EPA commissions coin celebrating response to 2017 hurricanes, wildfires

EPA commissions coin celebrating response to 2017 hurricanes, wildfires

The Environmental Protection Agency (EPA) has taken the first steps toward creating a commemorative coin to celebrate its response to last year’s natural disasters, including several hurricanes that ravaged Puerto Rico and parts of Texas and the Gulf Coast.

The agency awarded a contract to The Lapel Pins Plus Network LLC to design and create 1,750 “challenge coins” featuring the EPA’s logo and messaging praising its response to hurricanes Harvey, Irma and Maria and the California wildfires, CNN reported.


The EPA is spending more than $8,500 on the coins, CNN reported, citing a contract obtained through public records by the network and the super PAC American Bridge.

The contract instructs the designer to include the phrase “response excellence” on the coin, and says that the coin should "convey the sentiment that EPA staff from all across the country worked together to respond to the incidents from Puerto Rico to California (and regions in between).”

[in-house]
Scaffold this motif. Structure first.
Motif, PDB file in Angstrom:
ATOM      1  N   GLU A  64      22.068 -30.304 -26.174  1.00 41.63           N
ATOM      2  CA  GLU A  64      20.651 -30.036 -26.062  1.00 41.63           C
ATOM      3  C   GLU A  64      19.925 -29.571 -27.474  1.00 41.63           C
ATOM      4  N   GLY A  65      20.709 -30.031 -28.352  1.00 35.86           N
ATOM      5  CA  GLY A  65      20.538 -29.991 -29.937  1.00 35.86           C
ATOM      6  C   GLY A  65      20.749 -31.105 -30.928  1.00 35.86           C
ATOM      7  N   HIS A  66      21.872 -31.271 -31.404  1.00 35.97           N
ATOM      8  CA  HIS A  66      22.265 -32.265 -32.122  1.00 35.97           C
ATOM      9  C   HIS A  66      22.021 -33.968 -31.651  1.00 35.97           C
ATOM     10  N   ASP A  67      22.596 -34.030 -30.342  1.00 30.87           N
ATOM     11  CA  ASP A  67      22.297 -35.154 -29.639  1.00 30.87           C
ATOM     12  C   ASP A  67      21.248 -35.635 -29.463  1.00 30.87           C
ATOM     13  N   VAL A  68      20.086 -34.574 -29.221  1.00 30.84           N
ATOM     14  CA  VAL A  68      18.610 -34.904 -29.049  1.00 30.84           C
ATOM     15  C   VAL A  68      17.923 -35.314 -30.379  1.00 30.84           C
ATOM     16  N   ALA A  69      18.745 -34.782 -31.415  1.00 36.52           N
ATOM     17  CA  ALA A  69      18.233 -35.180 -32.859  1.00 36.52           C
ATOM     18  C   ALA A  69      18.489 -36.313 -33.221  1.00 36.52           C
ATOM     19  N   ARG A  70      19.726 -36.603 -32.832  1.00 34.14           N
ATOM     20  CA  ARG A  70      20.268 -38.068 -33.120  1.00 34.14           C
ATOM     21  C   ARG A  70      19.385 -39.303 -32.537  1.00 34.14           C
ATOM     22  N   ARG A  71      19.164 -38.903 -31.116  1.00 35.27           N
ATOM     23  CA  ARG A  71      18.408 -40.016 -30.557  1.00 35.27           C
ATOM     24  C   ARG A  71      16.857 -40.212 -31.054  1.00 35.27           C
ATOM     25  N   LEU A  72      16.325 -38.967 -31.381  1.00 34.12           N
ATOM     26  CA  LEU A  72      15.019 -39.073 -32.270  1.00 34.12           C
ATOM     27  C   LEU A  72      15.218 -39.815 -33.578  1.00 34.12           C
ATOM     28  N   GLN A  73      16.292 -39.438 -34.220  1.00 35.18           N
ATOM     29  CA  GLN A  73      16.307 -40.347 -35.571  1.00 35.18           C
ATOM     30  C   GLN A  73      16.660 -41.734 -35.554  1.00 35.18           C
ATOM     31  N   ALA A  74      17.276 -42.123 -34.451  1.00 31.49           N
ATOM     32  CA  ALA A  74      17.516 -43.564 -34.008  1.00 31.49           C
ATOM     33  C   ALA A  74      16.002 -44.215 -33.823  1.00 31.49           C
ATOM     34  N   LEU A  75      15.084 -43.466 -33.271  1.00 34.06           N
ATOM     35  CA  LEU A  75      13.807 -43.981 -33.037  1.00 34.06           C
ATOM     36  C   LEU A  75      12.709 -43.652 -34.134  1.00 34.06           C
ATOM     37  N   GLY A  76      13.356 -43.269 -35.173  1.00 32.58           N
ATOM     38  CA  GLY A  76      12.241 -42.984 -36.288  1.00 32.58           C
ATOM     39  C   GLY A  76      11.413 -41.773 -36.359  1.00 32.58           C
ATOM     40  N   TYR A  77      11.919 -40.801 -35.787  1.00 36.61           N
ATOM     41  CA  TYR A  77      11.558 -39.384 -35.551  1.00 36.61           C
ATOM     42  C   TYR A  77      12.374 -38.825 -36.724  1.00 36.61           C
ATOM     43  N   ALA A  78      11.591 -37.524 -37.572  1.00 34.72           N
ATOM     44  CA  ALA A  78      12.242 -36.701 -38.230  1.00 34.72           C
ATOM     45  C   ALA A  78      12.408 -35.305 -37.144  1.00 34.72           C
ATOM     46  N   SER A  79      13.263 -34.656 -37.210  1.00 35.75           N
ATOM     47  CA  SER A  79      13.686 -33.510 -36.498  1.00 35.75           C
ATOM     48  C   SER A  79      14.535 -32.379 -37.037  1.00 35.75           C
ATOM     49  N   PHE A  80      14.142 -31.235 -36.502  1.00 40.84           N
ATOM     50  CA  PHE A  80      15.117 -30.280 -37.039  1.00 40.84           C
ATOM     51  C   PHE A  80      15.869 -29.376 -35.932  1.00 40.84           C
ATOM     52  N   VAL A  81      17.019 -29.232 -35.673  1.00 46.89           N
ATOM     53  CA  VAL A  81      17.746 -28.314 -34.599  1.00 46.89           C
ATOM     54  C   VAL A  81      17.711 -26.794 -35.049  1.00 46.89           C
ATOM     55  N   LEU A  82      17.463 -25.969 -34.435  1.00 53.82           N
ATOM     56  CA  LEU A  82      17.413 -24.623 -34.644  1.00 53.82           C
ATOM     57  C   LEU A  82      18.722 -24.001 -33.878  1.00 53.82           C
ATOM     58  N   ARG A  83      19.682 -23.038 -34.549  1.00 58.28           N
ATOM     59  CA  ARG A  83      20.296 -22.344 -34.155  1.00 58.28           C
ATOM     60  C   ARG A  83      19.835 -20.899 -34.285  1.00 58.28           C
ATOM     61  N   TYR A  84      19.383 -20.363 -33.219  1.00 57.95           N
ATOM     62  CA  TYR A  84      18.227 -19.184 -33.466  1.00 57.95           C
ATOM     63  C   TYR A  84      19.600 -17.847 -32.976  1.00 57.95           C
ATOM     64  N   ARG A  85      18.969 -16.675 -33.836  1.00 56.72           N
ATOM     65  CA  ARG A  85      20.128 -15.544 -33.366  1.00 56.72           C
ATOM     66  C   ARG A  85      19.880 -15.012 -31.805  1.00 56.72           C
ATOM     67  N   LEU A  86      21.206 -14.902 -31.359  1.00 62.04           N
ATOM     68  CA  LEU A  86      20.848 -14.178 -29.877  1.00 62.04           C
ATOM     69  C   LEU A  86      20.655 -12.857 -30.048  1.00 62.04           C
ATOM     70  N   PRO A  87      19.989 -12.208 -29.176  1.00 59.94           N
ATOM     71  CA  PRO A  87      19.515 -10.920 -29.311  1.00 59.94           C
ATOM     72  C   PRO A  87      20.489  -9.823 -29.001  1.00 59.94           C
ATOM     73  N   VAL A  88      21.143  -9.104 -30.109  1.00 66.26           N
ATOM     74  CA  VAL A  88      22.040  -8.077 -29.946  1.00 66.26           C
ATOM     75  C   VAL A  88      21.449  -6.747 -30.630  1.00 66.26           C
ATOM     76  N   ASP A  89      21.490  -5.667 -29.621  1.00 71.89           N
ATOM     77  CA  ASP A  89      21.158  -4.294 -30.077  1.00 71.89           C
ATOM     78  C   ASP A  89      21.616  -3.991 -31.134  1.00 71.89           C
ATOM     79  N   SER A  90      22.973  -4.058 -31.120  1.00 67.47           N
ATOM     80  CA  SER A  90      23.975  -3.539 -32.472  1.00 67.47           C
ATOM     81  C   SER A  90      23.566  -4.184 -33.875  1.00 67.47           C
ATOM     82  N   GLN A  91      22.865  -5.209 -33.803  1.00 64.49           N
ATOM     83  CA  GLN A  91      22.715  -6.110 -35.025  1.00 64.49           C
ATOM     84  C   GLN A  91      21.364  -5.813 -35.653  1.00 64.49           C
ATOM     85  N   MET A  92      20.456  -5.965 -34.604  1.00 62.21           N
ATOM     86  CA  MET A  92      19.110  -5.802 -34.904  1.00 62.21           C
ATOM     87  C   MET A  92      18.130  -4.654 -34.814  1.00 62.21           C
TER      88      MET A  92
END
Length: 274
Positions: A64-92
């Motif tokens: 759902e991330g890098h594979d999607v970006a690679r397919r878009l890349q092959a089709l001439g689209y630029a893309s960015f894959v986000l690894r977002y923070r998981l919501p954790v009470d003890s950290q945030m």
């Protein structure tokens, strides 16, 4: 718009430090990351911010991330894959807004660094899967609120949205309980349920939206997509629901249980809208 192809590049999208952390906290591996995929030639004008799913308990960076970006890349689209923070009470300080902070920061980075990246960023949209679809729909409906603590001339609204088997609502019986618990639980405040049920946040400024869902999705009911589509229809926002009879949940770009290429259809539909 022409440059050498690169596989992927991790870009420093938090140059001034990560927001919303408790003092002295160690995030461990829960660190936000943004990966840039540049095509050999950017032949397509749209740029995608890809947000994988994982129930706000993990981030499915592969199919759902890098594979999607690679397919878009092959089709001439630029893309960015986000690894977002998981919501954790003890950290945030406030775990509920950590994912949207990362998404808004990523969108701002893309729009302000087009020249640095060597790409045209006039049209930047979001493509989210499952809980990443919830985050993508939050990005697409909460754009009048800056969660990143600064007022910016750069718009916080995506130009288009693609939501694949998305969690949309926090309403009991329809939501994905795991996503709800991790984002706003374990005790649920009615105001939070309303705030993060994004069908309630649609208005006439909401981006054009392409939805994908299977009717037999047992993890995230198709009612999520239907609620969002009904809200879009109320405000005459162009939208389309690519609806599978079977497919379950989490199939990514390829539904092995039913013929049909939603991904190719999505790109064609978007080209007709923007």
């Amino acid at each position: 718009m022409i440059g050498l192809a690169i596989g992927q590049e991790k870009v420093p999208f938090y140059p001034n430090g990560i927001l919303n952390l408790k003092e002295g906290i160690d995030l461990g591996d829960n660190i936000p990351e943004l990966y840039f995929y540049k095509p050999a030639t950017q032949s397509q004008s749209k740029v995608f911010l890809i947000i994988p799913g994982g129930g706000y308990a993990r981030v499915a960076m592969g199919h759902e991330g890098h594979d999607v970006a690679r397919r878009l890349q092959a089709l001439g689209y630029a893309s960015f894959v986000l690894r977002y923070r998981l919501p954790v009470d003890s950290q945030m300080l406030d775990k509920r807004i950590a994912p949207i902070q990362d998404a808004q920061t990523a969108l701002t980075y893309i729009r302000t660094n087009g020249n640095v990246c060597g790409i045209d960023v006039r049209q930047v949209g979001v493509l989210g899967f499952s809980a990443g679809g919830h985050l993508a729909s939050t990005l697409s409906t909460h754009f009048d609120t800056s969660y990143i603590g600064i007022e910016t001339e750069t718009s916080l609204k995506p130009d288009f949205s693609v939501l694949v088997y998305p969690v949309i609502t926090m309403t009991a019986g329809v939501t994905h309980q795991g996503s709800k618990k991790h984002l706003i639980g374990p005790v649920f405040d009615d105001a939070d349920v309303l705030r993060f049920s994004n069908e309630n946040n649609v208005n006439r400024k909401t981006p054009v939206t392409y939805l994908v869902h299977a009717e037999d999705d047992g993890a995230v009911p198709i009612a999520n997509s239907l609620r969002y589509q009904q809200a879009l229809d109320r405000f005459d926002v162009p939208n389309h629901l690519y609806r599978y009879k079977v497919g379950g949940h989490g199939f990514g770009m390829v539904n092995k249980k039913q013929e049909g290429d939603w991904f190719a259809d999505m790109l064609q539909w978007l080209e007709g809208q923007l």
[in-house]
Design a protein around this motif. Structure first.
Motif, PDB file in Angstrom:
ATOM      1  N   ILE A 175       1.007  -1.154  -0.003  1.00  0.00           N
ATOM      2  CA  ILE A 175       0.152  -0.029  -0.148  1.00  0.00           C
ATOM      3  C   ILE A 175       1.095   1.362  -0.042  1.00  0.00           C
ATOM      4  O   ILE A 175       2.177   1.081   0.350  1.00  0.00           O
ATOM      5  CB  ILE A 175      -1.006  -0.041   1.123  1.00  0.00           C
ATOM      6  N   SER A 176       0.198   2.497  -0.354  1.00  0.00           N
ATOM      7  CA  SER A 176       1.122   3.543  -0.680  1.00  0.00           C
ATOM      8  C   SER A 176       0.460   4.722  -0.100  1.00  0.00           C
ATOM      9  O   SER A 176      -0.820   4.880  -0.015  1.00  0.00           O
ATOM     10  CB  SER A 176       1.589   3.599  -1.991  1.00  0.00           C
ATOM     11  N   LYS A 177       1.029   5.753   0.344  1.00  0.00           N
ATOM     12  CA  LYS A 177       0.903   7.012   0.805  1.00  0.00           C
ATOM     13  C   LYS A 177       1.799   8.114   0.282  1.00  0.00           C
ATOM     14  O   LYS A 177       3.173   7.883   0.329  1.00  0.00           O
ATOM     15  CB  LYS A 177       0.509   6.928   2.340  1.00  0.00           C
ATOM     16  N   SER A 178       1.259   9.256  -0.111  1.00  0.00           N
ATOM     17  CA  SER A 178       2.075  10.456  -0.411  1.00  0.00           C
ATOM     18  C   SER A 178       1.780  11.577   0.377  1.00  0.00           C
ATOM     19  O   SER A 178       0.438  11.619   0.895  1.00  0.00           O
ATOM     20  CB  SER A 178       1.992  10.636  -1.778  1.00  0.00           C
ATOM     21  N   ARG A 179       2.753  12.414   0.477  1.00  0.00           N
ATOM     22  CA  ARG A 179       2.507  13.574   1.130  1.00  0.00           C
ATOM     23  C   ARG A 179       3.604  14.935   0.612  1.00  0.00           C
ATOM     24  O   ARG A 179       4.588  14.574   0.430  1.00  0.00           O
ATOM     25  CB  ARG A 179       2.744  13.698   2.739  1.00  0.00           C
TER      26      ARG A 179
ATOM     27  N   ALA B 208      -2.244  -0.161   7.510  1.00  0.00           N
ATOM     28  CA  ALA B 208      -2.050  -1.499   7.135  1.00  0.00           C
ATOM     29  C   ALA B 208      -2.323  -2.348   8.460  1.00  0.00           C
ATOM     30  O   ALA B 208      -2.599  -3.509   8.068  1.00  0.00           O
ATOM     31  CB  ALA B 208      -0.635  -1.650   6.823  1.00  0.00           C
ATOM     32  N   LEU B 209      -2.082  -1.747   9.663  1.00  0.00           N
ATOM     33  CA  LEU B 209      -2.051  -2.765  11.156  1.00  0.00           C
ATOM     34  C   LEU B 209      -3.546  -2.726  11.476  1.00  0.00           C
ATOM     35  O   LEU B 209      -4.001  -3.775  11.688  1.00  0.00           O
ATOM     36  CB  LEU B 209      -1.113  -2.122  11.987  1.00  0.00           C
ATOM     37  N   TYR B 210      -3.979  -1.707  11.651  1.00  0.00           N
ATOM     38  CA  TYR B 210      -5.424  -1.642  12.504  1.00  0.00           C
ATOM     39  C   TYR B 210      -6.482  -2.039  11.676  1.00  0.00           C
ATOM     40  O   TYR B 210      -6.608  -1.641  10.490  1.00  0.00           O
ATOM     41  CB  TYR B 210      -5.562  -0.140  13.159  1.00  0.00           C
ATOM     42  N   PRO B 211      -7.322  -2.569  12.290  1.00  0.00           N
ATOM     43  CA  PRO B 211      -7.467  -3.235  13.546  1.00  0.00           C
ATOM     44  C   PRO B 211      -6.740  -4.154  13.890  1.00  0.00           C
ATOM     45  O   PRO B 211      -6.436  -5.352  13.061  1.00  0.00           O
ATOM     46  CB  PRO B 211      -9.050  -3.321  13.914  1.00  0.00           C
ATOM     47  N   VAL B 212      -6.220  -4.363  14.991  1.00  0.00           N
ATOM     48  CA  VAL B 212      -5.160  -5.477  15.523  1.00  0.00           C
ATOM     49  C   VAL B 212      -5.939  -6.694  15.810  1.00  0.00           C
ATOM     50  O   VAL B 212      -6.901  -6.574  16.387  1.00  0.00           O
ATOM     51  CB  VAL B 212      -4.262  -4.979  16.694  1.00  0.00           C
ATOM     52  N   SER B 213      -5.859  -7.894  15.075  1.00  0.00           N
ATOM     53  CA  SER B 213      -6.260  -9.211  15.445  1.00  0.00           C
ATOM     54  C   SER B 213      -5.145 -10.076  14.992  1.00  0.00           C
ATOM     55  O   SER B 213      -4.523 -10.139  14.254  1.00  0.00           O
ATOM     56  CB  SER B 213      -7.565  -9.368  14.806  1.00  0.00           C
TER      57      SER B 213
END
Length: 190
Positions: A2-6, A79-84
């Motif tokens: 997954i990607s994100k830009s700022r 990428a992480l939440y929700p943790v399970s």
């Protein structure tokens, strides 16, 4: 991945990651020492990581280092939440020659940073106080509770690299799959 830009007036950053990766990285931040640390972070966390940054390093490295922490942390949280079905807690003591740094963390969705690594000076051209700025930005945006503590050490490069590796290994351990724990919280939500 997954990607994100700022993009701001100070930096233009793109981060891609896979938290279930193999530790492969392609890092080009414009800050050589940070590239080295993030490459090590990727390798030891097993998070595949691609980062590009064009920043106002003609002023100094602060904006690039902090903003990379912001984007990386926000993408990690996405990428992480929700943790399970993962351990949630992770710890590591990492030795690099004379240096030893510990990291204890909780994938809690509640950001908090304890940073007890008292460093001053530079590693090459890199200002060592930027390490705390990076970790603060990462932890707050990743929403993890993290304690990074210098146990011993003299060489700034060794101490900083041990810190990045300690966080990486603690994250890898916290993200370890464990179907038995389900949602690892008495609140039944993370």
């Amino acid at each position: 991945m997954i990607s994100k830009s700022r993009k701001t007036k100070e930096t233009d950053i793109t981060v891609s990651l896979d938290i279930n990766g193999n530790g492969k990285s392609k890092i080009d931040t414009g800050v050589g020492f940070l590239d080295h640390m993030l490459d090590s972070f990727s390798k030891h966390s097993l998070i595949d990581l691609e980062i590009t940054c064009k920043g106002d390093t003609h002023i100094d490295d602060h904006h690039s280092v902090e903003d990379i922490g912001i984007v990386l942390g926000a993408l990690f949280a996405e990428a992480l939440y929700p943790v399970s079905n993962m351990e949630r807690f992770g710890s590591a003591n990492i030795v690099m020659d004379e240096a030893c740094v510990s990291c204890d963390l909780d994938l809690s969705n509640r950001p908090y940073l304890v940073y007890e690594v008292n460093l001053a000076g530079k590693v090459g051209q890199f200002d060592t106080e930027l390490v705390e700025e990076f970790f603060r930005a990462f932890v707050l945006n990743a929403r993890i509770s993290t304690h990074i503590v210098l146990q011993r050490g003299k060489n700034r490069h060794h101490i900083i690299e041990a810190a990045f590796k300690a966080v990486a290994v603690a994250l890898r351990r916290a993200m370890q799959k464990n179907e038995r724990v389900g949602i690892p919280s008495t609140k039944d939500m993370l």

Challenge coins, a tradition that originated in the military, are often created to commemorate historic events or represent federal agencies. Presidents also have their own challenge coin.

The Trump administration had faced periods of major criticism for its response to the hurricanes, particularly in Puerto Rico, where critics called its actions inadequate.

During Hurricane Harvey, the EPA found more than a dozen Superfund sites that were flooded or damaged in the storm. It was revealed earlier this year that toxic spills in Houston caused by Harvey were worse than first reported, even in areas where the EPA initially declared it safe.

Environmental groups criticized the EPA’s proposed coin, telling CNN that the agency’s response to the disasters was “lacking,” especially when it came to addressing issues of contaminated drinking water and toxic flooding."

"It's a complicated situation but I can't believe that they are giving awards to people for this,” Neil Carman, a former Texas environmental official now with the Sierra Club, told CNN. “It's kind of disgusting to me, because the huge concern is that a lot of material escaped and the flooding carried the dioxin to people's yards."

EPA spokesman Jahan Wilcox defended the challenge coin contract to CNN, saying it was "not news" and that “the dedicated public servants who worked tirelessly throughout the 2017 disaster relief efforts should be commended for their service."

The Hill has reached out to the EPA for comment.